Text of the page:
Allen Park — It's Thursday, which means it's time to dip into the Detroit Lions mailbag. 


It starts with the red zone. The Lions are last in the NFL, converting just 33 percent of their trips inside the 20 into touchdowns. At a rate closer to league average, they would have scored seven touchdowns, instead of four. That's not a massive swing in points, but it would be enough to move the Lions up from 17th in scoring to 10th. 

More: Execution, more than play-calling, root of Lions' red-zone woes

Second, turnovers. The Lions are near the bottom of the league in turnover margin. That means they're giving the ball away too often and not taking it away enough. 

Finally, because of inconsistent defense and special teams, the Lions rank 22nd in the league in average starting field position, more than 5 yards behind the league leaders. Longer fields mean a smaller margin for error and, typically, fewer points.

At some point, we just have to accept the Lions are what they are in this department. That's not to say improvements can't be made over the course of the year, but there's not a magical schematic fix to the issues. It's more about individuals performing better, within that scheme, and it's OK to admit the Lions don't have adequate personnel this season to function at a consistently high level. 

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As I've watched the film each week, attempting to diagnose the issues, the biggest problems that routinely show up are in the second level. Detroit's linebackers aren't at a point where they're reacting quickly enough to plays, which allows them to be blocked by linemen and tight ends. To win in 3-4 looks, the linebackers have to beat their blocks to their spot via anticipation. 

Up front, the Lions are hit and miss. A'Shawn Robinson is playing well, as is Da'Shawn Hand, outside of getting overpowered by double teams on occasion. The other interior options have been inconsistent. The same with the edges.  

I don't know what else Bob Quinn was supposed to say when he fired Jim Caldwell after back-to-back 9-7 seasons. The general manager believed the team had peaked under current management and he had a solution in place to take the franchise to the next level.

We can all agree, 9-7 would look pretty good right about now.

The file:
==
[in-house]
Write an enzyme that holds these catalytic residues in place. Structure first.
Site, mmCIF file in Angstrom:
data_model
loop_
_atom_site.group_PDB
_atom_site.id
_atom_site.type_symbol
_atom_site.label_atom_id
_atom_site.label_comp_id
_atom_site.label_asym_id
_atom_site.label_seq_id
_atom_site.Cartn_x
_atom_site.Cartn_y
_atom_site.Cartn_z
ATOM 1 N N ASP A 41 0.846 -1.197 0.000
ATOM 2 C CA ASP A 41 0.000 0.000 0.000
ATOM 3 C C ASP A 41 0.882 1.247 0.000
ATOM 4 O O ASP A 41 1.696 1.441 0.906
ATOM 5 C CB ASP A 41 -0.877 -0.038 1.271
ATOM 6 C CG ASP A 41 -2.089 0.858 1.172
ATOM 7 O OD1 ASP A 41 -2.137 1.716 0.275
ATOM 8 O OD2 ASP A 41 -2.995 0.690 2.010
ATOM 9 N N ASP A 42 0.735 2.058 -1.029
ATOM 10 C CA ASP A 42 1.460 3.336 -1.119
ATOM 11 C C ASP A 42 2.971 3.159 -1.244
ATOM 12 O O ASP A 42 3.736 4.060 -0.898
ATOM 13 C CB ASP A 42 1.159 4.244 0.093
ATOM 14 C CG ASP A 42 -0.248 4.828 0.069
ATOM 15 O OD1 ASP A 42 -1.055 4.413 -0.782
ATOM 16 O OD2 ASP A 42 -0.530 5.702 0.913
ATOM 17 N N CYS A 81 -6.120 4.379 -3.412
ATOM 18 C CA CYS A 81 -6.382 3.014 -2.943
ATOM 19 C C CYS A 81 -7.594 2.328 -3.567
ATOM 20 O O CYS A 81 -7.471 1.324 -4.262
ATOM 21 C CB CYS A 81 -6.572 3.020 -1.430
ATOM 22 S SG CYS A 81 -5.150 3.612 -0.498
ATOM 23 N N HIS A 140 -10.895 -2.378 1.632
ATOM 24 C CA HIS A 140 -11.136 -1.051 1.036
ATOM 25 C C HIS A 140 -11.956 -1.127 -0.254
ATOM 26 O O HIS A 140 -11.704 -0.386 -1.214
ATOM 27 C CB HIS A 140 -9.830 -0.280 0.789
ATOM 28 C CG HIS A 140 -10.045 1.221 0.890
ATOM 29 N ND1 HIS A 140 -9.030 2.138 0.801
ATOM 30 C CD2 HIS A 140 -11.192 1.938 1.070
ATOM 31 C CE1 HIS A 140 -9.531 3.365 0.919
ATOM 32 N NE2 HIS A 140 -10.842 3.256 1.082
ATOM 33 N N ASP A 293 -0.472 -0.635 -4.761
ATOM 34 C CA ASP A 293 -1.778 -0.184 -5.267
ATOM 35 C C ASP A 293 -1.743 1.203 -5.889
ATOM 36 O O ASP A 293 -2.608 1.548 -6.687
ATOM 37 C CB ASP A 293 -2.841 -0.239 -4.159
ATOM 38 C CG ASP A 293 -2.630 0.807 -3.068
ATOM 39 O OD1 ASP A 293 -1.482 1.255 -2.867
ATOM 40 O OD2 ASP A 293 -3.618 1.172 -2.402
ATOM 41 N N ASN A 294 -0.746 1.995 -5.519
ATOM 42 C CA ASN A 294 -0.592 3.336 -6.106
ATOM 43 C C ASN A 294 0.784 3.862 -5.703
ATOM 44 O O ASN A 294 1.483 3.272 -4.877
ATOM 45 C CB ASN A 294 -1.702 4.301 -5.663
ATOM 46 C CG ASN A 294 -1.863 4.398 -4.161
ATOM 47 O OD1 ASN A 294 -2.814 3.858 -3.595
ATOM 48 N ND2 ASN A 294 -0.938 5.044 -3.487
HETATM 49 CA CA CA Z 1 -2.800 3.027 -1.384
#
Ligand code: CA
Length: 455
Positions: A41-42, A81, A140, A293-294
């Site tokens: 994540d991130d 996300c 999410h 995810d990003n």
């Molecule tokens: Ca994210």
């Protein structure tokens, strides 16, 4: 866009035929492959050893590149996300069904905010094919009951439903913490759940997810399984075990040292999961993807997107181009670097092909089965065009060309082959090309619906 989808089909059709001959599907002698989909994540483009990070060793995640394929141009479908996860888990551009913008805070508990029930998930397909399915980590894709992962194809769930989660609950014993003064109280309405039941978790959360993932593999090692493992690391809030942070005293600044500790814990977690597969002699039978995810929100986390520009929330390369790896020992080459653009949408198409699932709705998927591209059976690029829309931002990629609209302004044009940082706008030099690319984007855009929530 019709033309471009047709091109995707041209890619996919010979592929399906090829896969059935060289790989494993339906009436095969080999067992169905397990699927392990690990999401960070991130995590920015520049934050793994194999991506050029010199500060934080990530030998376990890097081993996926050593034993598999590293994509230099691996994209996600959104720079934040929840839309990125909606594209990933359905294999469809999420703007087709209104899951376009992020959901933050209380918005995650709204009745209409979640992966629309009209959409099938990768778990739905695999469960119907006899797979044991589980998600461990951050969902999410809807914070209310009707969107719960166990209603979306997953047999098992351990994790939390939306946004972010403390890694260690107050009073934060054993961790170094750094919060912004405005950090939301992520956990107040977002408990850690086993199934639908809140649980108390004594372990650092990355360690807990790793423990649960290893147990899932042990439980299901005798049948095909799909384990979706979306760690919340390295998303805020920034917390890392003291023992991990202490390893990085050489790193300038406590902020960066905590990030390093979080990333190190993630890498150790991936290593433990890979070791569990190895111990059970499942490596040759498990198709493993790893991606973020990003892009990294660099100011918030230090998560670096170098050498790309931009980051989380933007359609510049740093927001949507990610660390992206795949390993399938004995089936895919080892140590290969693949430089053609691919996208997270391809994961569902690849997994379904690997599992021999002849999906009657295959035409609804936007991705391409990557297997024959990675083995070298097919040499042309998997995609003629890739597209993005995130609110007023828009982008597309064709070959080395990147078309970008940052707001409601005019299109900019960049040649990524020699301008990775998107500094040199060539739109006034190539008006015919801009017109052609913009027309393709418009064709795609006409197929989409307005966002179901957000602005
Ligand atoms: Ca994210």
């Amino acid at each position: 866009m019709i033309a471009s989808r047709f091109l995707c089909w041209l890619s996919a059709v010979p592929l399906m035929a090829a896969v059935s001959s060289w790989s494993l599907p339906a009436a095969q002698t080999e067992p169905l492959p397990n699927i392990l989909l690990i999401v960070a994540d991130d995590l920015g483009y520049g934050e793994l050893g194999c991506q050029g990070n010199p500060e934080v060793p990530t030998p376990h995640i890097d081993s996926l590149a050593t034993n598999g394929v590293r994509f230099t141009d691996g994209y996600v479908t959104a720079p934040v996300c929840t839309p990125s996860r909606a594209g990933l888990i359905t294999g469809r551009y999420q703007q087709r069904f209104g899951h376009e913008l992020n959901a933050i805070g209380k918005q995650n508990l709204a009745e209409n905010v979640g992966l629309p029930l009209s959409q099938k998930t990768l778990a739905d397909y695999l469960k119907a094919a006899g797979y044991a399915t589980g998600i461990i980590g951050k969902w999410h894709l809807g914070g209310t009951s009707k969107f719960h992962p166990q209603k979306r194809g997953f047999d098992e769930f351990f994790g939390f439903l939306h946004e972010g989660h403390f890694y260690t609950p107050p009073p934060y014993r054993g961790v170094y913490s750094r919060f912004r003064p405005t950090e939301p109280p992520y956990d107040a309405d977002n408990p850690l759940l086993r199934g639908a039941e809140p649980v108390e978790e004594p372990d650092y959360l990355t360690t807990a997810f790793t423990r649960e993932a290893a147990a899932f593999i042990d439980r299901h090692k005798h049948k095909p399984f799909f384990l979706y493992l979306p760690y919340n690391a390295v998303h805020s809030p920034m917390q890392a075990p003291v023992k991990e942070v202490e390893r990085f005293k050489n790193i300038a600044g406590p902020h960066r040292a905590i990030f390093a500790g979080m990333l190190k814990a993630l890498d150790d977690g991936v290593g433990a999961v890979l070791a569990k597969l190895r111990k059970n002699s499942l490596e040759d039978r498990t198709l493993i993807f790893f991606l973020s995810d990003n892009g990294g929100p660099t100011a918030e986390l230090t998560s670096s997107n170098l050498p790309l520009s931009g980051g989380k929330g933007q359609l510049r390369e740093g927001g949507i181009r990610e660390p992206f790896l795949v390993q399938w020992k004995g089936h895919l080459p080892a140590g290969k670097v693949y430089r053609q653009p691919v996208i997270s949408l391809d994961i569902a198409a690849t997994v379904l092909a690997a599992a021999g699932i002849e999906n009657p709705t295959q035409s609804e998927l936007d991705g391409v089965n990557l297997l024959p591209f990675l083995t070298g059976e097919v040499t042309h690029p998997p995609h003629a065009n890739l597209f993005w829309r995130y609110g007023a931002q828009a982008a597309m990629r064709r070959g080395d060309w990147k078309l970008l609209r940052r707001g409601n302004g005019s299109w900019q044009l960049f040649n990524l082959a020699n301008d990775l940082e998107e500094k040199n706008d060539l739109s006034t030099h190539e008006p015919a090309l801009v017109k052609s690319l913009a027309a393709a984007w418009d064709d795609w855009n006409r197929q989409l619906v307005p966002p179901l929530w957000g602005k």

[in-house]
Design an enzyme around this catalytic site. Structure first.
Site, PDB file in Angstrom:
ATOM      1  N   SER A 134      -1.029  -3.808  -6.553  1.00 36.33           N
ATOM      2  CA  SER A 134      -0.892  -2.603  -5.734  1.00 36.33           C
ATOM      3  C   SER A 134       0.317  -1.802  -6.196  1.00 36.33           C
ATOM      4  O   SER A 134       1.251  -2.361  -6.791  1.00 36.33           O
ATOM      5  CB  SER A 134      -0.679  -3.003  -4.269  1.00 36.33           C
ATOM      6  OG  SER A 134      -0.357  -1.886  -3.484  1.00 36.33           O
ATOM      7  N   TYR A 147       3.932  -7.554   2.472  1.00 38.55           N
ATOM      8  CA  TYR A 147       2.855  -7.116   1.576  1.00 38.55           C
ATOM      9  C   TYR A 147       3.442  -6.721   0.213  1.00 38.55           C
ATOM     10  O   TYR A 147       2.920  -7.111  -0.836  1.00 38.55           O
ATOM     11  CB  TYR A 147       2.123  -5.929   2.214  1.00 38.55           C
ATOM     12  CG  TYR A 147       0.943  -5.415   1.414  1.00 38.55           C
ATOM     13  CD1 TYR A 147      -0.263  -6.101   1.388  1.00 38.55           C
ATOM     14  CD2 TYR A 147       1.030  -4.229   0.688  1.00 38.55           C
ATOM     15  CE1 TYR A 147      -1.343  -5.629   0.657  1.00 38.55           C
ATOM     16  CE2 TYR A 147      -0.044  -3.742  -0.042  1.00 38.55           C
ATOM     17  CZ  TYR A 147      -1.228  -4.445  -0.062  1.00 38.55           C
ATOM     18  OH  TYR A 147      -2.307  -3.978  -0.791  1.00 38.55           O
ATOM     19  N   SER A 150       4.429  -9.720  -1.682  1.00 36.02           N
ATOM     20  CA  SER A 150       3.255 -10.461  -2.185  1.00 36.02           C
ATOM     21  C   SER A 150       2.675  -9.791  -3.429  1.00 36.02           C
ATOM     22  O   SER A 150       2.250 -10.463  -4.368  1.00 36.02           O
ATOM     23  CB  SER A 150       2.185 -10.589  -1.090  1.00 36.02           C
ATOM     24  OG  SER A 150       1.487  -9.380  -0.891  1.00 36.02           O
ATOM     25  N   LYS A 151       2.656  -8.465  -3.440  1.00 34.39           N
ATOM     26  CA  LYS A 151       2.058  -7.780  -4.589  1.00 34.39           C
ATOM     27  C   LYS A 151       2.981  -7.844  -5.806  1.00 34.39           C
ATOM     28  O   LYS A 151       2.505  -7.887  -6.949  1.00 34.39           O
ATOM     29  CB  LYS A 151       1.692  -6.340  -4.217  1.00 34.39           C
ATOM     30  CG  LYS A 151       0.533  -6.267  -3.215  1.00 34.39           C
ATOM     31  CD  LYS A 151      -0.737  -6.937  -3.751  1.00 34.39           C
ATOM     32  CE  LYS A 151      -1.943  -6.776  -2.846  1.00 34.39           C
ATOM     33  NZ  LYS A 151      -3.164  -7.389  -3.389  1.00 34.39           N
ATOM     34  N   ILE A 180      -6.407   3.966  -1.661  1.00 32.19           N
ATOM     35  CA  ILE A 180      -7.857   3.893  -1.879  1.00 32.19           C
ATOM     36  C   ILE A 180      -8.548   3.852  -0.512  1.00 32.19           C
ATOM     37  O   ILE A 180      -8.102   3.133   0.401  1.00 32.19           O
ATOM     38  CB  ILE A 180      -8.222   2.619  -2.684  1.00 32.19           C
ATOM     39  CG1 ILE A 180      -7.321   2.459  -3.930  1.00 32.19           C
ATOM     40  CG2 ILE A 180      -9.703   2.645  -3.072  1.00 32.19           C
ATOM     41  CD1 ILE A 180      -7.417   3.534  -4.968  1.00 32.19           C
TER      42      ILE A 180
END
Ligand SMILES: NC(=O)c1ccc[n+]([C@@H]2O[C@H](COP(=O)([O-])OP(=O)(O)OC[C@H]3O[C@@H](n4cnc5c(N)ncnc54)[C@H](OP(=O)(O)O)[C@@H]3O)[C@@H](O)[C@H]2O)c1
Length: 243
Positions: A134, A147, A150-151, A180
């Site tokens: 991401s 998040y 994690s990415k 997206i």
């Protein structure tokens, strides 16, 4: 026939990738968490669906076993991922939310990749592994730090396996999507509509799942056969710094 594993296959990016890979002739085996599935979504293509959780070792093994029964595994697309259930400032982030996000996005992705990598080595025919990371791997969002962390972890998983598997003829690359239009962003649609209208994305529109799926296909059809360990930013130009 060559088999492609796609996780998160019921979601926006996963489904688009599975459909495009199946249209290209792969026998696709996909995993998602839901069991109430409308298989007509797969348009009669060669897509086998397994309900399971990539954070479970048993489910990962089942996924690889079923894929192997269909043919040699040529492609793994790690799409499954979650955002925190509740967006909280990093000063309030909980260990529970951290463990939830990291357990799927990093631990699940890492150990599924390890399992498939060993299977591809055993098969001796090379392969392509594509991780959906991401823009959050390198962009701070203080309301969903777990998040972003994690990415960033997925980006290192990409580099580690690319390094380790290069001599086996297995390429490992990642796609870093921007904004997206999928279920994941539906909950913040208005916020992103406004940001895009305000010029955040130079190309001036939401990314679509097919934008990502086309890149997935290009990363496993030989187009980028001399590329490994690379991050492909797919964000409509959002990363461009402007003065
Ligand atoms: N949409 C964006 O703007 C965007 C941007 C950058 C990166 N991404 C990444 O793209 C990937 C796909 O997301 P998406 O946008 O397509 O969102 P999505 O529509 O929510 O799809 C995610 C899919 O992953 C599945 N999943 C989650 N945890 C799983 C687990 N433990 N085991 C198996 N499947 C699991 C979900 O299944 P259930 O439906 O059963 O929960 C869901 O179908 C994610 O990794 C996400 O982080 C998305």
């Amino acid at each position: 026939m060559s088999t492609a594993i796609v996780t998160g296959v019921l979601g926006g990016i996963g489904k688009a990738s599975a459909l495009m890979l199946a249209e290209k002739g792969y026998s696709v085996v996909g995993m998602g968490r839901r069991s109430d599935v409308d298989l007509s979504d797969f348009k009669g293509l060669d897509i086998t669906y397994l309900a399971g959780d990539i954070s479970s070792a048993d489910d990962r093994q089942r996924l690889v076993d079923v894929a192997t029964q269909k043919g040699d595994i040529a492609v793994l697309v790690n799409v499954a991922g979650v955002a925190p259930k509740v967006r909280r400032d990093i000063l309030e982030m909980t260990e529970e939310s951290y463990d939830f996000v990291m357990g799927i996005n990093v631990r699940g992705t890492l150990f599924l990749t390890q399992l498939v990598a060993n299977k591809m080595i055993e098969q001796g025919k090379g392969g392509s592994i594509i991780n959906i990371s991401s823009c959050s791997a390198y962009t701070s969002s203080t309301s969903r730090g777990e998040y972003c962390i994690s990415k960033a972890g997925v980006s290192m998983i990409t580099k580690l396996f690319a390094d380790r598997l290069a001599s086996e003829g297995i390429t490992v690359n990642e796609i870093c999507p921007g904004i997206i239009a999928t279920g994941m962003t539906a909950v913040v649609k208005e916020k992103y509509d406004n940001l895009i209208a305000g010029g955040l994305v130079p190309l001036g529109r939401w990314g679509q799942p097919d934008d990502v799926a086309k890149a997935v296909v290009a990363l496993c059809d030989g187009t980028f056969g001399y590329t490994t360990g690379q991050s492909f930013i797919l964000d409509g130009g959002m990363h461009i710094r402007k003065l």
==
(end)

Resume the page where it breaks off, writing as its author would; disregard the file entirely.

While no one was going to acknowledge the possibility of a significant backslide when Patricia was hired, possibly because no one in the organization believed it was possible, it really shouldn't surprise anyone, given what we've seen historically with football. Culture changes and personnel turnover to match scheme changes often takes two years. 

As long as the Lions continue to fall short of goals, which include division titles and playoff wins, Quinn will continue to say the results are unacceptable. But he's not going to do anything drastic after one season of a new regime other than continue to overhaul the team's roster to match what he and Patricia envision. 

Near zero. The Lions aren't looking to eat four years of guaranteed money, and double that if you're looking at Quinn, as well.

Dahl has gotten an extended look on the practice field for the past three offseasons. There's no reason to force him into the lineup if he's not beating out his competition on the practice field, but I understand why you feel this way after watching Kenny Wiggins struggle last week against the Cowboys. 

I've pointed this out before, but the Lions' offseason efforts to bolster their offensive line depth, for these emergency scenarios, has fallen a little flat. 

In reality, I don't shift much of my attention to the draft until the team has been officially eliminated from the playoffs. But I have been writing a weekly draft watch series to familiarize both myself and the readers on the upcoming prospect class, so I know a little bit. 

Let's say the Lions finish with 5-6 wins, that gives the team a top-12 pick in April. The obvious area of need is the defense, and you can't go wrong at almost any spot.